What is the Role of M&A Insurance in Today’s Marketplace?

What is the Role of M&A Insurance in Today’s Marketplace?

Matt Gilbert

January 23, 2023

Transactional Risk Policies, also known as M&A Insurance, are becoming increasingly popular in today’s M&A world. Their purpose is to subtract risk from the equation for both buyers and sellers of lower middle and middle market businesses.

A properly-leveraged insurance policy can strategically assist a business buyer in offering better terms to a seller. By allowing the seller to make a clean exit rather than having to extend the sale consideration over future warranty periods, the sale can often proceed more smoothly. In addition for the buyer, the inherent risk of a nauseating post-deal surprise is mitigated to only a concern about the policy’s deductible.

Another positive for adding M&A insurance to a deal process is that it increases the level of diligence required, thereby reducing the likelihood of a claim. The insurance providers will run their own diligence processes to assess and price their risk.

One of the largest underwriters of M&A policies in the USA reports, “One in seven M&A deals end in dispute, resulting in an insurance claim.” Claims between buyer and seller can be found in areas such as accounting and revenue recognition, trademark ownership, and of course litigation.

Transactional Risk Insurance is generally broken up into three areas of policy focus:

Warranty & Indemnity – This type of policy protects either a buyer (in a buy-side policy) or a seller (in a sell-side policy) from financial losses that may arise if there is a breach of representations, warranties, and/or indemnities given by the seller in the purchase and sale agreement for the transaction.

Tax Liability – This type of policy can reimburse an insured for taxes, interest, insurable penalties, and the costs of contesting or defending one or more covered tax positions. Not paying attention to the tax treatments that apply to acquisitions could cost a buyer significantly and perhaps negate any advantage they had in the deal.

Contingent Legal Risk – This type of policy provides the insured party with coverage against the adverse financial impact of an identified actual or potential legal exposure. The coverage offers protection from a broad range of contingent risks for which neither party is willing to stand behind. The insurance transfers a known or uncertain contingent liability from a company’s balance sheet to the insurance company.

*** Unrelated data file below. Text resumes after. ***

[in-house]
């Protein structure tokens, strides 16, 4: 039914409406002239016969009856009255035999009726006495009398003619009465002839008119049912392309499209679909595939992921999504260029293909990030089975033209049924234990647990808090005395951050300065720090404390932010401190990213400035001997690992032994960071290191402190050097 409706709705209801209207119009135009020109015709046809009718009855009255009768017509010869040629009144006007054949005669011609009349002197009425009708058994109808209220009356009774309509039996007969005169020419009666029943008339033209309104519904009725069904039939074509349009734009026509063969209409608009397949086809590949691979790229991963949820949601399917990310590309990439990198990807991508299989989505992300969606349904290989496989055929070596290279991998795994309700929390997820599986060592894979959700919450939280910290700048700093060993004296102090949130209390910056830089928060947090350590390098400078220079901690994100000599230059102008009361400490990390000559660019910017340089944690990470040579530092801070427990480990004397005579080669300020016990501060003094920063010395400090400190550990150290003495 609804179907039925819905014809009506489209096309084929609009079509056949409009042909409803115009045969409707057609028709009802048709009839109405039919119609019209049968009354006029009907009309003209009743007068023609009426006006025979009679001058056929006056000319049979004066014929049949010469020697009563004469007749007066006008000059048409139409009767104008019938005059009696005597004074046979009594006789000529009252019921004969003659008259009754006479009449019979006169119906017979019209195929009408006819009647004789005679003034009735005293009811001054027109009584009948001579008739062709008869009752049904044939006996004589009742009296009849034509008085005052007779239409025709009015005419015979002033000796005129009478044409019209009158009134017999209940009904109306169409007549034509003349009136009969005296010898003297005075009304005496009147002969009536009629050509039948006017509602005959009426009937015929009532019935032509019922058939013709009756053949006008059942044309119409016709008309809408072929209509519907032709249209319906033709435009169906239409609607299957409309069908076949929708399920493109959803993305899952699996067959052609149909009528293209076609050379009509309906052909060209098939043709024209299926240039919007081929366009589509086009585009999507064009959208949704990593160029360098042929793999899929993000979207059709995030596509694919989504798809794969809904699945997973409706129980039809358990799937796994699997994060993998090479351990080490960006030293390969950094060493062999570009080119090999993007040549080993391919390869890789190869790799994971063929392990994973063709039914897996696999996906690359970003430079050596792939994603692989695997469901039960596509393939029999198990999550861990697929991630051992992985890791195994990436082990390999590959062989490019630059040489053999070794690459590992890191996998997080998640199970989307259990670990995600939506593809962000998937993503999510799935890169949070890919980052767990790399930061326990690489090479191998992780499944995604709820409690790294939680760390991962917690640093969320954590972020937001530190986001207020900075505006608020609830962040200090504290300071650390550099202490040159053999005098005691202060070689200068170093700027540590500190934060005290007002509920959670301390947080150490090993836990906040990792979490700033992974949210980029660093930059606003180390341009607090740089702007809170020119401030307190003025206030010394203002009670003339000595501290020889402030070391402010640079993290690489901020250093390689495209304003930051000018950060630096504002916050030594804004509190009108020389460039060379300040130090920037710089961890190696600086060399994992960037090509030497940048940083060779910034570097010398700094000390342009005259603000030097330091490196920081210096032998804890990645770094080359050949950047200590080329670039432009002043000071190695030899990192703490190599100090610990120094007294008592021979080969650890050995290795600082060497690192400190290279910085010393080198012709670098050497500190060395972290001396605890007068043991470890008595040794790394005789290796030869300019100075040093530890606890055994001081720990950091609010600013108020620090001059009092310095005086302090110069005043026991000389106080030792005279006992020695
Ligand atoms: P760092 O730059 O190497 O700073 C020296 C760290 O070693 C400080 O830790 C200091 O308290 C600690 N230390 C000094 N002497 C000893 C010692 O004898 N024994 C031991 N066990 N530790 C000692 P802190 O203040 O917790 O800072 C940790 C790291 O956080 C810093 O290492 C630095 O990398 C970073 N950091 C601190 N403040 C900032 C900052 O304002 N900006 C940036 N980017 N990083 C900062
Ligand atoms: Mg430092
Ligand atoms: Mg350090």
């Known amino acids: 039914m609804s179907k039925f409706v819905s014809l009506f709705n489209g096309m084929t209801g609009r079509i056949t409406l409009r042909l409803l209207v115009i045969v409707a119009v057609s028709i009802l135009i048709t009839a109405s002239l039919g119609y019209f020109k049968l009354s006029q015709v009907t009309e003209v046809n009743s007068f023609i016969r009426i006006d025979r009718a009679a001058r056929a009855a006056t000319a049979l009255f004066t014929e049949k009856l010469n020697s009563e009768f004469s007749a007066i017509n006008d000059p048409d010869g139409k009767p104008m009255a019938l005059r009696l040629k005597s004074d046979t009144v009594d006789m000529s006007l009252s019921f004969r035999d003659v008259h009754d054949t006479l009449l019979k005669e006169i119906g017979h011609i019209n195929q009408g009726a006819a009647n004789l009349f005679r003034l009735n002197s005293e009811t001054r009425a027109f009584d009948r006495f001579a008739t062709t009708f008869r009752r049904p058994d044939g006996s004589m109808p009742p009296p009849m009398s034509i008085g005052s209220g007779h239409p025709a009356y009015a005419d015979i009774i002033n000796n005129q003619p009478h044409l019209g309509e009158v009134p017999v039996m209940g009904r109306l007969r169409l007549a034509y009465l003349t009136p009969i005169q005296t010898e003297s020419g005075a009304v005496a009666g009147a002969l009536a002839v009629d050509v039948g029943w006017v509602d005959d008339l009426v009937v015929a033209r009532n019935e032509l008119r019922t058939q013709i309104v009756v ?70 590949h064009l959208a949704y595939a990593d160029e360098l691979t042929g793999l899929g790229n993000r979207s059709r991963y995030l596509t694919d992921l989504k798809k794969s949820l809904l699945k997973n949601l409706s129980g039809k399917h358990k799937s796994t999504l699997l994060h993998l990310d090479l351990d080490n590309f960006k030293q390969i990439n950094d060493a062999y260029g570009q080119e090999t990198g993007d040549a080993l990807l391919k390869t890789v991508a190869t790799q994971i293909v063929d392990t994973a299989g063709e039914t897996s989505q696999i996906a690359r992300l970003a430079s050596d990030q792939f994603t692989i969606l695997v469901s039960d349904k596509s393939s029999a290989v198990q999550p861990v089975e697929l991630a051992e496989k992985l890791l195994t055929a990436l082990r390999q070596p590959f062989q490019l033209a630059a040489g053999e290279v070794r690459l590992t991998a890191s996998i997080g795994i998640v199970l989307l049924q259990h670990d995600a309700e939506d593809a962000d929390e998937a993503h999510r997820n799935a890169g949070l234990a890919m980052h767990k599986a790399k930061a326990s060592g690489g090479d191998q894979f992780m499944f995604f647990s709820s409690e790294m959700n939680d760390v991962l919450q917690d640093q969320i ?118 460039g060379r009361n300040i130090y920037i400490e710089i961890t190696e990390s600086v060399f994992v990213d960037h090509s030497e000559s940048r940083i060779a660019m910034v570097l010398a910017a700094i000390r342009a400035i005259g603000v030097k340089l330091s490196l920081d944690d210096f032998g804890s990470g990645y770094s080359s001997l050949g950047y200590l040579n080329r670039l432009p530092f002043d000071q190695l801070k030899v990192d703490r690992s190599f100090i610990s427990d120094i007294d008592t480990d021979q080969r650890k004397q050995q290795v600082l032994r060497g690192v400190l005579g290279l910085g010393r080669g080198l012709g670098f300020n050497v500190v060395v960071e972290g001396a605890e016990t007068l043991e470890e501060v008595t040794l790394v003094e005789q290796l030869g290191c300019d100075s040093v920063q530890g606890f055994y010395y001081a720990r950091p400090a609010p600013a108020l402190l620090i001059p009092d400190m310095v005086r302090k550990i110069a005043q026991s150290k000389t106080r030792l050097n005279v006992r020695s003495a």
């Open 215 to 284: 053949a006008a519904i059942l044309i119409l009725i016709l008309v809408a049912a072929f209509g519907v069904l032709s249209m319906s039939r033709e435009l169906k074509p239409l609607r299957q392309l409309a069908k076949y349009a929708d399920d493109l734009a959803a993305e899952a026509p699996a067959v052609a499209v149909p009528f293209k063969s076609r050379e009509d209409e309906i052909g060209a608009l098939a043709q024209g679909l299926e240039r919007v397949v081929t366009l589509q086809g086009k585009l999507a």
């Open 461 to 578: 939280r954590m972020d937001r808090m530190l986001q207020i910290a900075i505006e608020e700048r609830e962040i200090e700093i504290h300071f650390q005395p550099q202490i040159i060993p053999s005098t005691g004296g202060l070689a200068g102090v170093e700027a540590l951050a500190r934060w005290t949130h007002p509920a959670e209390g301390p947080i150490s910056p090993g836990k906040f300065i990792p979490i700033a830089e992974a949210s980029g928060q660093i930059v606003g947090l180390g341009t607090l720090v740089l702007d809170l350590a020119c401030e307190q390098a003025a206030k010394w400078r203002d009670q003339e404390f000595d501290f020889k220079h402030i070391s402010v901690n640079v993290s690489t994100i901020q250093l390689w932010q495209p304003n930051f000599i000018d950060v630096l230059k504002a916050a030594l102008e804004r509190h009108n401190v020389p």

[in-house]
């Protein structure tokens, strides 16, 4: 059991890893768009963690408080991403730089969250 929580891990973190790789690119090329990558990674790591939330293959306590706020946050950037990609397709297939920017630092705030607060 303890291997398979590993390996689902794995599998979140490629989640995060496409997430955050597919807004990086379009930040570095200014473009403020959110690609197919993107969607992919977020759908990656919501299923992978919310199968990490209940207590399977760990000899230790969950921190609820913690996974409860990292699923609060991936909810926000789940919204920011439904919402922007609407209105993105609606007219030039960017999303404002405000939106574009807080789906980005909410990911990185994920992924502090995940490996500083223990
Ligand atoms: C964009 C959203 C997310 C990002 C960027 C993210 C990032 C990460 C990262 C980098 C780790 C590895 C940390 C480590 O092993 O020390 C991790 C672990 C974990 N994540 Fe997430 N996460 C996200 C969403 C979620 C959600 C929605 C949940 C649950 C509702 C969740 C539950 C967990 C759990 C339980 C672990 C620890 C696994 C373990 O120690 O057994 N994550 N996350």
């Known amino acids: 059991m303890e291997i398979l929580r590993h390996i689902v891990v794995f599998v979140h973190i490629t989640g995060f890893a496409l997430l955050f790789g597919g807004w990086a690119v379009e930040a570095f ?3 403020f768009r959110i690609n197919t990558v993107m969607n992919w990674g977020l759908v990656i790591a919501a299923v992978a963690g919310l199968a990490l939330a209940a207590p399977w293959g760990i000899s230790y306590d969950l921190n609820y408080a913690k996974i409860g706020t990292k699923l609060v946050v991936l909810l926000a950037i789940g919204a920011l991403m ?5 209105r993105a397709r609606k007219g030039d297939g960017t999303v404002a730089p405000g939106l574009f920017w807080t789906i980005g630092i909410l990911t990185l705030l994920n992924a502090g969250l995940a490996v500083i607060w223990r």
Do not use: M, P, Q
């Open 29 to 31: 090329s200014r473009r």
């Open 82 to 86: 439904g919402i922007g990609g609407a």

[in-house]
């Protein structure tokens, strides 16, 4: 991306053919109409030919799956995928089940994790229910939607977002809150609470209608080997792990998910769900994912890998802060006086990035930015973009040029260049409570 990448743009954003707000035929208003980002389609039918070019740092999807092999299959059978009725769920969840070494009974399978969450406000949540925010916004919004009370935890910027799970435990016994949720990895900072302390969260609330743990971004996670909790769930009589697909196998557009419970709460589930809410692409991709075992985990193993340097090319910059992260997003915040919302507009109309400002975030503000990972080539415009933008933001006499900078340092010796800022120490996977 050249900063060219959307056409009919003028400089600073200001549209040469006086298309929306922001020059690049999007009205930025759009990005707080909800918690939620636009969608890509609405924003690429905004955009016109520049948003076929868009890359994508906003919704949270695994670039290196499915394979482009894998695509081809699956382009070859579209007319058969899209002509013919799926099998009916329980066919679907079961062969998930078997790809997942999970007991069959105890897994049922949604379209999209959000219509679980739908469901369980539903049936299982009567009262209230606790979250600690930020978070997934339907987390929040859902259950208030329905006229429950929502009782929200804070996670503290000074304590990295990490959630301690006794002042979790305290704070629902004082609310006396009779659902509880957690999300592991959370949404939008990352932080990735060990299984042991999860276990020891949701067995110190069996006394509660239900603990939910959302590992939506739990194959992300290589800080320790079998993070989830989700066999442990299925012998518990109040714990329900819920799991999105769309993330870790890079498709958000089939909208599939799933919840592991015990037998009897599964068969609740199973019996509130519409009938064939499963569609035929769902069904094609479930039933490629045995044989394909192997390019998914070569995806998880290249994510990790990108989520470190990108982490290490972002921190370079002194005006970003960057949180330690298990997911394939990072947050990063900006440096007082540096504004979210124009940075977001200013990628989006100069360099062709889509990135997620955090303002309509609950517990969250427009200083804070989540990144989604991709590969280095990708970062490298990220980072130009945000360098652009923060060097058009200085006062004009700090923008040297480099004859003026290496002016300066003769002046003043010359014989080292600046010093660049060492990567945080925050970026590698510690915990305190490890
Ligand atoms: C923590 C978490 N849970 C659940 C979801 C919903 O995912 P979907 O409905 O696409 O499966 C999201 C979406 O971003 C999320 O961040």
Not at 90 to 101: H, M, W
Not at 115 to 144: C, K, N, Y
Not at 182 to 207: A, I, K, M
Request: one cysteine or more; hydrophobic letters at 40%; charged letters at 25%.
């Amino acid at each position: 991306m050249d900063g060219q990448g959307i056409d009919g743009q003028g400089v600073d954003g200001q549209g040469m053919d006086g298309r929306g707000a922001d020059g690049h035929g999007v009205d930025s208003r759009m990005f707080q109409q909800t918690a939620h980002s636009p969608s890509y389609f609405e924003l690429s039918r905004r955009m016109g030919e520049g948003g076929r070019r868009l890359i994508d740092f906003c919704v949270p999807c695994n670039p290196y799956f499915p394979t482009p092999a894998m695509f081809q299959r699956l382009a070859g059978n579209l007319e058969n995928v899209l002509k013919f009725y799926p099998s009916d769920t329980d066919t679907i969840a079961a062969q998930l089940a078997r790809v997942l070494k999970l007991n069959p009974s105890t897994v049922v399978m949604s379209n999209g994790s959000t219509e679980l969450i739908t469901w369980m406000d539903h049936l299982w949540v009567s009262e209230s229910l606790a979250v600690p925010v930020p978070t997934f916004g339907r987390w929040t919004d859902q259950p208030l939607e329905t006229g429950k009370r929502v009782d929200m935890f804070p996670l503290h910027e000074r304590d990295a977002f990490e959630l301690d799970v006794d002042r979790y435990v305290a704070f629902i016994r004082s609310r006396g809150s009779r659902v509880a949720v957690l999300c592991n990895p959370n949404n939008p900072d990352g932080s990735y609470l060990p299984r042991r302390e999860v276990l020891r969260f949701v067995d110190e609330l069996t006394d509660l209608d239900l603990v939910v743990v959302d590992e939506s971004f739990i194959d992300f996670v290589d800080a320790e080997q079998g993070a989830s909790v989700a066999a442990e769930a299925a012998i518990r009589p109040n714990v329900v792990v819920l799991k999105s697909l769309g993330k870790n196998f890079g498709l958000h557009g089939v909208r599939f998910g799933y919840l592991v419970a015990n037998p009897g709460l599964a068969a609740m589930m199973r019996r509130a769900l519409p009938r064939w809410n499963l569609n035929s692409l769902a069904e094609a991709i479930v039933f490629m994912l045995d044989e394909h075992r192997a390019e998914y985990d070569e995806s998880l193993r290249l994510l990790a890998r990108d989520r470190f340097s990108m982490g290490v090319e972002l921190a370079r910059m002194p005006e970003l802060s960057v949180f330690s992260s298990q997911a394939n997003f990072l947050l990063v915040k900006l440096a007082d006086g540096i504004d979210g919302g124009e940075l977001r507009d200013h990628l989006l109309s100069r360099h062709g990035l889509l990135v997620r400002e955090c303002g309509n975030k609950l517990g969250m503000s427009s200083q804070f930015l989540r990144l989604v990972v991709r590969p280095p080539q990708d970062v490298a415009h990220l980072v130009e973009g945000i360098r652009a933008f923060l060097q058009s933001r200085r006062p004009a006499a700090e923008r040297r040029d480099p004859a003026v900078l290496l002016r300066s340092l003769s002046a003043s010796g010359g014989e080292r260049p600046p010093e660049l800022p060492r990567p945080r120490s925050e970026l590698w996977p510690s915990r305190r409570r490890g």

Predictably, the major purchasers of M&A insurance are parties that have a limited ability to determine their risk exposure. Purchasers also include professional buyers and private equity firms that face many challenges as they mobilize down-market and buy increasingly smaller businesses within the lower middle and middle markets.

Situations as simple as sellers having limited data pose an enormous risk for a buyer because they have limited verifiable information on which they can rely. A buyer also has risk when they lack specific industry knowledge in a space where they are acquiring a platform and launching a new investment thesis. In addition, parties that need a clean departure from a specific legal jurisdiction use M&A insurance policies to remove tail liabilities associated with exiting the jurisdiction post acquisition.

M&A insurance is a tool used in our practice to get a deal over the finish line when there is a gap between the buyer and seller in pricing. Buyers can sweeten the deal when they offer to pay the cost of M&A insurance because the policies can carry a hefty price tag. However, most of the time simply splitting the cost often brings the parties into alignment.

Private equity buyers remain the biggest fans of risk transfer mechanisms and are more likely to take out the policies; however, it’s sellers who are more likely to put in a claim, according to general industry data.

In the end, these policies are tools to help a buyer and seller come to terms of agreement. But nothing beats a great pre-sale diligence and disclosure process as part of the scope of services managed by your transaction advisor. For a potential seller, simply aligning with a great transaction advisor who knows these waters intimately is the best mechanism to avoid conflict in an M&A transaction.

If any of this resonates with you, we encourage you to take our M&A Discovery Questionnaire and talk with us to see if your business makes the cut as one who can still command a great exit in this M&A environment. We will be in touch quickly to discuss the results. Click here to take the assessment.

Gilbert & Pardue Transaction Advisors (GaP) is a Houston-based business advisory firm serving lower middle market and middle market business owners from coast to coast through representation for Mergers & Acquisitions (M&A).

Matt Gilbert and Bret Pardue established GaP to provide owners of lower middle market and middle market businesses – those businesses generally enjoying annual revenue of $10-$80 million – with the quality of M&A representation and value-enhancement services previously only available to upper middle and large businesses. GaP brings highly experienced executives, sophisticated financial and marketing products, proven-effective processes, and fully-integrated expertise to every engagement. No other M&A firm serving the lower middle and middle markets provides the quality of representation and transactional expertise that we do.

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